‘Aunt Jemima’ family files two billion dollar lawsuit against Quaker Oats and Pepsi
By Naturally Moi
The grandson of Aunt Jemima–Anna Short Harrington– has filed a class action lawsuit on behalf of himself and all of her great grandchildren.
DW Hunter has filed a two billion dollar lawsuit against Quaker Oats, PepsiCo, Pinnacle Foods Group and The Hillshire Brands Company for using his great grandmother’s image without “equitable fair share of royalties.”
After Harrington took on the role of the Aunt Jemima character in 1935, her likeness was used by the companies and a trademark was registered for it.
The lawsuit alleges that even though Harrington’s image was used for Aunt Jemima, the companies denied that she was ever an employee and exploited her image and recipes for profit.
Hunter also alleges that the
company lied when claiming it could not find an employment history for Harrington or images of her, since they trade-marked her image.
According to The Wrap, the company also exploited the image of Harrington’s daughter as well:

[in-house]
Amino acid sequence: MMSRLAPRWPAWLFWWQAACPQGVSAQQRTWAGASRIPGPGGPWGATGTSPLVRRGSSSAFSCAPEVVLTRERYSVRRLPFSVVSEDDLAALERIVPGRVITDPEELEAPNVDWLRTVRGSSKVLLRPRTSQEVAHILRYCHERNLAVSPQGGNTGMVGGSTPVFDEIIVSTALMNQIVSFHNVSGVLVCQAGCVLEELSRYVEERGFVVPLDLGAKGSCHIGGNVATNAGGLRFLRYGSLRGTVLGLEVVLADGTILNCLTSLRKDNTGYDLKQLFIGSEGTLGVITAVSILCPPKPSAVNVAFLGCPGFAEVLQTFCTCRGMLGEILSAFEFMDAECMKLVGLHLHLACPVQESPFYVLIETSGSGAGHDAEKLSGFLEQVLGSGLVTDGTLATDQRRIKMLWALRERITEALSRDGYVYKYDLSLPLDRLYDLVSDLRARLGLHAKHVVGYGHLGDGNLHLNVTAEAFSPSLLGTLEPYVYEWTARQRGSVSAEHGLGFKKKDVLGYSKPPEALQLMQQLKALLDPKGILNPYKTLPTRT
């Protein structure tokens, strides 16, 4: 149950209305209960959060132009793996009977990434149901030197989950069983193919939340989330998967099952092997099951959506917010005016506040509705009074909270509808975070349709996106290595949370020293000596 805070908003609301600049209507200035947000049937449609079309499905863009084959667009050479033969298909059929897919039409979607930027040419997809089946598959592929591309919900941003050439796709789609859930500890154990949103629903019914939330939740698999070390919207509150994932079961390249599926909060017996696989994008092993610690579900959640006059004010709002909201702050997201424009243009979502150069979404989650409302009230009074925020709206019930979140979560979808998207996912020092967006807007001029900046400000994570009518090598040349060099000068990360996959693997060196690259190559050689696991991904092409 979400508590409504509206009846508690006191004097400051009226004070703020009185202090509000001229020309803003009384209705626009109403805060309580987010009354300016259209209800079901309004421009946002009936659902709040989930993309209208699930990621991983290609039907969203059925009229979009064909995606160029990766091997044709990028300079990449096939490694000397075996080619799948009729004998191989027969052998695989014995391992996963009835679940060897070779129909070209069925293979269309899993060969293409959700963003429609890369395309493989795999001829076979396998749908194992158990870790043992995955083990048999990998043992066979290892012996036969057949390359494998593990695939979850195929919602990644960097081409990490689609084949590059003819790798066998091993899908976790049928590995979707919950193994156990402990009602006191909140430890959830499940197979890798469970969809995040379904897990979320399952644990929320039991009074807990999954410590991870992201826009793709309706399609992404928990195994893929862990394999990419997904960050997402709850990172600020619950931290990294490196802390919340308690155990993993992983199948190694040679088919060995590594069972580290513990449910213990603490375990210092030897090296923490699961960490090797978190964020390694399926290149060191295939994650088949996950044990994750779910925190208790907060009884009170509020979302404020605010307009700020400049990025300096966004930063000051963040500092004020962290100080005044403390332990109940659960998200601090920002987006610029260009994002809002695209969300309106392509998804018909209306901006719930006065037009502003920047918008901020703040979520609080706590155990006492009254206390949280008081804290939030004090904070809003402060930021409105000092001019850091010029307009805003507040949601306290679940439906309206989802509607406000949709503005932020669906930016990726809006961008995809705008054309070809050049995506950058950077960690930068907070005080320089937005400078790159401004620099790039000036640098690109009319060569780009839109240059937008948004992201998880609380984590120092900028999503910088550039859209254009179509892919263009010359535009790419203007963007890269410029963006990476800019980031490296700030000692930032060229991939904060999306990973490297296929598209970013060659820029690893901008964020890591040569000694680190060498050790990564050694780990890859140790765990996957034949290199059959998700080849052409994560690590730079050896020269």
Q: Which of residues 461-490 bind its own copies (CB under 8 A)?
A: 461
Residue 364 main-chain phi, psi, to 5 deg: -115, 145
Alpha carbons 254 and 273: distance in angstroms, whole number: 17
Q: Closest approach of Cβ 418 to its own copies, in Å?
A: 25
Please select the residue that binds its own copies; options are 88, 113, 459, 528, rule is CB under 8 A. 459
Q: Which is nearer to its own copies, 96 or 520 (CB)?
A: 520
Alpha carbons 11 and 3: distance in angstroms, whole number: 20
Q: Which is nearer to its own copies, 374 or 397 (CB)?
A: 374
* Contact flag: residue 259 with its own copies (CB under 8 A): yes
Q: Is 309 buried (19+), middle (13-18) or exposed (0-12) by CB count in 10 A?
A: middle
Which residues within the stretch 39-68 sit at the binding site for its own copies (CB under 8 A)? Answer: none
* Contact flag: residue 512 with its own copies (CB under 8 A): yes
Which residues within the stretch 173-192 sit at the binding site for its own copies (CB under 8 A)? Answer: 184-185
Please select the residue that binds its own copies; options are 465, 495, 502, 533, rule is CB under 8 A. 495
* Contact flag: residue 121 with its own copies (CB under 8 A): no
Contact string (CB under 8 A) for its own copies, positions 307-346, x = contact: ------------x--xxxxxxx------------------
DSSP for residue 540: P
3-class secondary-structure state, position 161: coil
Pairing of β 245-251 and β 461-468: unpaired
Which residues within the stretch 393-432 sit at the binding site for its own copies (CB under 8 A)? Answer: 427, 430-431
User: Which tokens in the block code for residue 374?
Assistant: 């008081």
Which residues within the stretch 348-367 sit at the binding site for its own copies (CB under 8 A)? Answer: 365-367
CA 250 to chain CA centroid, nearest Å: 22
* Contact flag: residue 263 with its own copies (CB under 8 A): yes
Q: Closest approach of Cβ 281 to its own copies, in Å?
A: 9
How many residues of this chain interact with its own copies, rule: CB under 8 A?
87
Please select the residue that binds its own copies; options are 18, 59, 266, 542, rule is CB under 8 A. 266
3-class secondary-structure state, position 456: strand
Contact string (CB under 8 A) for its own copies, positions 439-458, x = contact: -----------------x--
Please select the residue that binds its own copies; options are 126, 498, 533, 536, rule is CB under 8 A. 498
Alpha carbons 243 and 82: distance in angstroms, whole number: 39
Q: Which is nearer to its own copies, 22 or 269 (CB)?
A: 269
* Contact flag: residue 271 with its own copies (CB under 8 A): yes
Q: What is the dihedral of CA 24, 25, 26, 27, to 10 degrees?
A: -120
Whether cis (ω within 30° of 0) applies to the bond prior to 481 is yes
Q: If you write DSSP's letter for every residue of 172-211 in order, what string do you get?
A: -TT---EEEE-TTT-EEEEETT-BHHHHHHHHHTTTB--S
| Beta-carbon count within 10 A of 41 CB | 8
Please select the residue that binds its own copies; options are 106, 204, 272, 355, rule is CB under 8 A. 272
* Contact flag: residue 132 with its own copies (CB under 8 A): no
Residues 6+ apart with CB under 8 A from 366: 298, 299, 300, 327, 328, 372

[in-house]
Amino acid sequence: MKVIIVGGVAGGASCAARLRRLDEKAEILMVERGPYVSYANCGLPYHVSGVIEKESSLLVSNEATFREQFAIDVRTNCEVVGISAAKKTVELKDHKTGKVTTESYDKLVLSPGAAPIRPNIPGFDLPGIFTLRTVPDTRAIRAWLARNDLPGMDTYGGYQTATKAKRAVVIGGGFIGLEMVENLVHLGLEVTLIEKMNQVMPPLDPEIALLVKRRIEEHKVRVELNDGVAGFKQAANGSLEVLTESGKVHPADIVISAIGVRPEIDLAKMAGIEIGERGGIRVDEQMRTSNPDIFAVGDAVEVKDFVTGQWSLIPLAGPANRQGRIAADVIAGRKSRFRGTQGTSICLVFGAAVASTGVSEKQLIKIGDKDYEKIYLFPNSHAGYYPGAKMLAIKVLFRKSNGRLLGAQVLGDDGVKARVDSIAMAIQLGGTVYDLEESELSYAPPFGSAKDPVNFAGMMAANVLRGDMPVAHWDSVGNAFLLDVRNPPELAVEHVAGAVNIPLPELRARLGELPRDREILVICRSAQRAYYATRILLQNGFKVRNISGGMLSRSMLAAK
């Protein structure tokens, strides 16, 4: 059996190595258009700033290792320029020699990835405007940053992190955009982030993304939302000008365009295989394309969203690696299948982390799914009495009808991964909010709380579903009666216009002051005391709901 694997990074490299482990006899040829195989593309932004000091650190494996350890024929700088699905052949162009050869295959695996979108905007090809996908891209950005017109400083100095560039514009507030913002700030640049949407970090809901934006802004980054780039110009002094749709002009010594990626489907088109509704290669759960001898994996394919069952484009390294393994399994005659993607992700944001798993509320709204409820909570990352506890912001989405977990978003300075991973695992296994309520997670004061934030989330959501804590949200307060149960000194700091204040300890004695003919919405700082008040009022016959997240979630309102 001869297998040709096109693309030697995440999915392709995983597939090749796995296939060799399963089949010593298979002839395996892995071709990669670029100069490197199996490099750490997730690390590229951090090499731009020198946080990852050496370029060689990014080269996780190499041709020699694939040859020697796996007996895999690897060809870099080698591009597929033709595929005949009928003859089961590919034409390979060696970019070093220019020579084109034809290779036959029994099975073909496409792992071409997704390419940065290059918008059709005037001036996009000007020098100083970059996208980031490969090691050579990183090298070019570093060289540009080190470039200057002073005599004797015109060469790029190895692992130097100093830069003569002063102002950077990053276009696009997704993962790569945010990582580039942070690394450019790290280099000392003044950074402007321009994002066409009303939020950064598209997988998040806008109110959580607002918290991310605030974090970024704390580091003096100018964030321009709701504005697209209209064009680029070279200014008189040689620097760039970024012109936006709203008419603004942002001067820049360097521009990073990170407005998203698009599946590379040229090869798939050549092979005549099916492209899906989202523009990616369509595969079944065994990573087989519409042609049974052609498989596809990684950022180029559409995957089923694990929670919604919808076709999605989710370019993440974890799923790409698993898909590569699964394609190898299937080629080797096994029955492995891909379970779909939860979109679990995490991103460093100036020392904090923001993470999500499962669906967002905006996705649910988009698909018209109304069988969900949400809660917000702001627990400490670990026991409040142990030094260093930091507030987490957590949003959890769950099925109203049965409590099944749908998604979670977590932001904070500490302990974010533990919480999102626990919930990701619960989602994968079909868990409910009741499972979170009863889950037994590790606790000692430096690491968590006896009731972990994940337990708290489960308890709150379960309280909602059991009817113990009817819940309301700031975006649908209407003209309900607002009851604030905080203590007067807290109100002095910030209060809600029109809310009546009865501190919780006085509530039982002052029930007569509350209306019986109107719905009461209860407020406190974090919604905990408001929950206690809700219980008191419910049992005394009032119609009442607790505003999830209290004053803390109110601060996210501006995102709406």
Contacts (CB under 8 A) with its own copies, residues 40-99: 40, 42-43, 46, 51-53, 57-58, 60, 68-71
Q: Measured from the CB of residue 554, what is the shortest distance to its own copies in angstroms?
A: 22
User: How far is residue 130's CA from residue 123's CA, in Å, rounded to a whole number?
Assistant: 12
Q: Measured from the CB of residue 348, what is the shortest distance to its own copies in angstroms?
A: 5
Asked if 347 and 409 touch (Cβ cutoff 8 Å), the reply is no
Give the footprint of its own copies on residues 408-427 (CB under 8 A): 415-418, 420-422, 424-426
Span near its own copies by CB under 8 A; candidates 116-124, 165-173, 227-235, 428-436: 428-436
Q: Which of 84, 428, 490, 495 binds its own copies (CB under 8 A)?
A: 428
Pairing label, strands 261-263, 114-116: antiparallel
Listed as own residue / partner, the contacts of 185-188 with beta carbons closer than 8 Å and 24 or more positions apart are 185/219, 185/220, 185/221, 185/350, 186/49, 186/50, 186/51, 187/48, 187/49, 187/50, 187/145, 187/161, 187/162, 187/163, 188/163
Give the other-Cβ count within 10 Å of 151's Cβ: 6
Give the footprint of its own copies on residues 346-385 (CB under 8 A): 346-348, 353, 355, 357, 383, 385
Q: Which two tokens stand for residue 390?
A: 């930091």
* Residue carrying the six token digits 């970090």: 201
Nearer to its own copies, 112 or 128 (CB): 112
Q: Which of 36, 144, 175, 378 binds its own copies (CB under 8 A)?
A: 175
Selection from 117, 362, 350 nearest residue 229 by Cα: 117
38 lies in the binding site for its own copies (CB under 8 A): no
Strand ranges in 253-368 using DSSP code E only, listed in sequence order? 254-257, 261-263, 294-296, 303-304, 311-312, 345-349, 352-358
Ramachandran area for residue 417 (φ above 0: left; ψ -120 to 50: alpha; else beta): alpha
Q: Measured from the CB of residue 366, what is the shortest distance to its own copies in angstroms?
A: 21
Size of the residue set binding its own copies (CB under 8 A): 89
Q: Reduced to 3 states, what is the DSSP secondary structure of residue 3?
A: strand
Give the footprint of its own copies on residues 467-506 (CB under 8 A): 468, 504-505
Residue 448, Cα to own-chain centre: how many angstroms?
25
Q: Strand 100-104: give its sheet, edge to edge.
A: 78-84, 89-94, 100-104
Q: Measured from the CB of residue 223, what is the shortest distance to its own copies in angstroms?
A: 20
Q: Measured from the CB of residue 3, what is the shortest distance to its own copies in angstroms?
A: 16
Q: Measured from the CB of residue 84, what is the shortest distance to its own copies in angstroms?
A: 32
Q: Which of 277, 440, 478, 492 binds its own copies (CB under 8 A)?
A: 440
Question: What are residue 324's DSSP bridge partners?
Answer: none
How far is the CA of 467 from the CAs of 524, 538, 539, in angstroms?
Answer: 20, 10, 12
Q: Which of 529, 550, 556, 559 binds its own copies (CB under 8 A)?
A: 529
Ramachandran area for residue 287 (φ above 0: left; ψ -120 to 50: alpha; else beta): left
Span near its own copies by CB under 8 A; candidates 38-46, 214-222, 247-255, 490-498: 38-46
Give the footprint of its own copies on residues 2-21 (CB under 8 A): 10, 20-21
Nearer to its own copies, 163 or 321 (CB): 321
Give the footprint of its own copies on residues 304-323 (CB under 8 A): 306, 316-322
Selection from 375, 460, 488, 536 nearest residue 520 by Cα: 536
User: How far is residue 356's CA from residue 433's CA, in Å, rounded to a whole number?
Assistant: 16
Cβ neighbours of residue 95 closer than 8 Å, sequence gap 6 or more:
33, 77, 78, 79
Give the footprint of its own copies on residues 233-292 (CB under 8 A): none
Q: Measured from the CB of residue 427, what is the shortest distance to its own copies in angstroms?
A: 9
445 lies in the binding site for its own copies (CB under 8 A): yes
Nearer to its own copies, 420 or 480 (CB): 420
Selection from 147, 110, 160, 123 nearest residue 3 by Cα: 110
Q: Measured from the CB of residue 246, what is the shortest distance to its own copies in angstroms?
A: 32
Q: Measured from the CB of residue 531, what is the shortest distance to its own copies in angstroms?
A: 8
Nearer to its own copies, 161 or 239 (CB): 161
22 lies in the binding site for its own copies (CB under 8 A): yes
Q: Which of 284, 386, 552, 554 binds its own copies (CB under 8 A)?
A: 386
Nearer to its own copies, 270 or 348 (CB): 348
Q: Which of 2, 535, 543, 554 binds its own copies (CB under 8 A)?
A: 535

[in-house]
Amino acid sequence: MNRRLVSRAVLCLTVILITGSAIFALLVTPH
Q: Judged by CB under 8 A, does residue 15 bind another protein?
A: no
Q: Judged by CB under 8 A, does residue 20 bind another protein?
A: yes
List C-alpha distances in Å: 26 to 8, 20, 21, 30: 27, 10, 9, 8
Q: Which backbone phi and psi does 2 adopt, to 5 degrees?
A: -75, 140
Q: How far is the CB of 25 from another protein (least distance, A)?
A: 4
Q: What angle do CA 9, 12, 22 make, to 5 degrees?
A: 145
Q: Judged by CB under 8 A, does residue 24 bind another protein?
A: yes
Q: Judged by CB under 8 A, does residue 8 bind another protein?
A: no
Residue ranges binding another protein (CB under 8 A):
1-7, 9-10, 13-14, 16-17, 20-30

Harrington took on the role of the pre-existing character of Aunt Jemima in 1935. In 1937, the company first registered the trademark for the brand. She was allegedly selected because of her own pancake recipe, which the company recreated for the mass market.
According to the suit, Quaker Oats sought out Harrington’s youngest daughter Olivia Hunter in 1989, ultimately using her likeness to update the look of Aunt Jemima. It is this image that is used today on Aunt Jemima-branded products.
It’s not only about the images since the lawsuit accuses the companies of stealing “64 original formulas and 22 menus from Harrington.”
The lawsuit claims that the companies exploited Harrington’s lack of education by discouraging her from using an attorney during negotiations.
The suit claims that the companies not only used Harrington’s image, but also licensed it out to other companies for profit.
Harrington’s family learned in 2013 that Harrington’s image had been trademarked and are now seeking royalties.